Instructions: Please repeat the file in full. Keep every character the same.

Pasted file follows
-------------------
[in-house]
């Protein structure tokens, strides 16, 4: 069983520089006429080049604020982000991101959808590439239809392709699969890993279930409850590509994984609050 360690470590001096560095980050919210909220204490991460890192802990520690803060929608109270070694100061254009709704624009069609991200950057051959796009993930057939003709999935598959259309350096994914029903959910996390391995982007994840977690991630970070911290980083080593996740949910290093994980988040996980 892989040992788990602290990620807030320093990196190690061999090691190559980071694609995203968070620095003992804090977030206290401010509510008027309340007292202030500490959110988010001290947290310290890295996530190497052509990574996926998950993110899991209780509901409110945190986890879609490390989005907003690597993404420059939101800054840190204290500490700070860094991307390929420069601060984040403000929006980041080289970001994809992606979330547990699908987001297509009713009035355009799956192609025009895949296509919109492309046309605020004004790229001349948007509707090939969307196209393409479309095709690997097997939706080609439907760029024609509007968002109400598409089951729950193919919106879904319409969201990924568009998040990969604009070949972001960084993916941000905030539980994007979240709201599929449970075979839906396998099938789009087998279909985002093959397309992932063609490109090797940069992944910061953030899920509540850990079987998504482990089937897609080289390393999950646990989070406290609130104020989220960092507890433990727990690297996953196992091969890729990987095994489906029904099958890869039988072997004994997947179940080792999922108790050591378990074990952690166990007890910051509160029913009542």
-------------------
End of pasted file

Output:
[in-house]
């Protein structure tokens, strides 16, 4: 069983520089006429080049604020982000991101959808590439239809392709699969890993279930409850590509994984609050 360690470590001096560095980050919210909220204490991460890192802990520690803060929608109270070694100061254009709704624009069609991200950057051959796009993930057939003709999935598959259309350096994914029903959910996390391995982007994840977690991630970070911290980083080593996740949910290093994980988040996980 892989040992788990602290990620807030320093990196190690061999090691190559980071694609995203968070620095003992804090977030206290401010509510008027309340007292202030500490959110988010001290947290310290890295996530190497052509990574996926998950993110899991209780509901409110945190986890879609490390989005907003690597993404420059939101800054840190204290500490700070860094991307390929420069601060984040403000929006980041080289970001994809992606979330547990699908987001297509009713009035355009799956192609025009895949296509919109492309046309605020004004790229001349948007509707090939969307196209393409479309095709690997097997939706080609439907760029024609509007968002109400598409089951729950193919919106879904319409969201990924568009998040990969604009070949972001960084993916941000905030539980994007979240709201599929449970075979839906396998099938789009087998279909985002093959397309992932063609490109090797940069992944910061953030899920509540850990079987998504482990089937897609080289390393999950646990989070406290609130104020989220960092507890433990727990690297996953196992091969890729990987095994489906029904099958890869039988072997004994997947179940080792999922108790050591378990074990952690166990007890910051509160029913009542």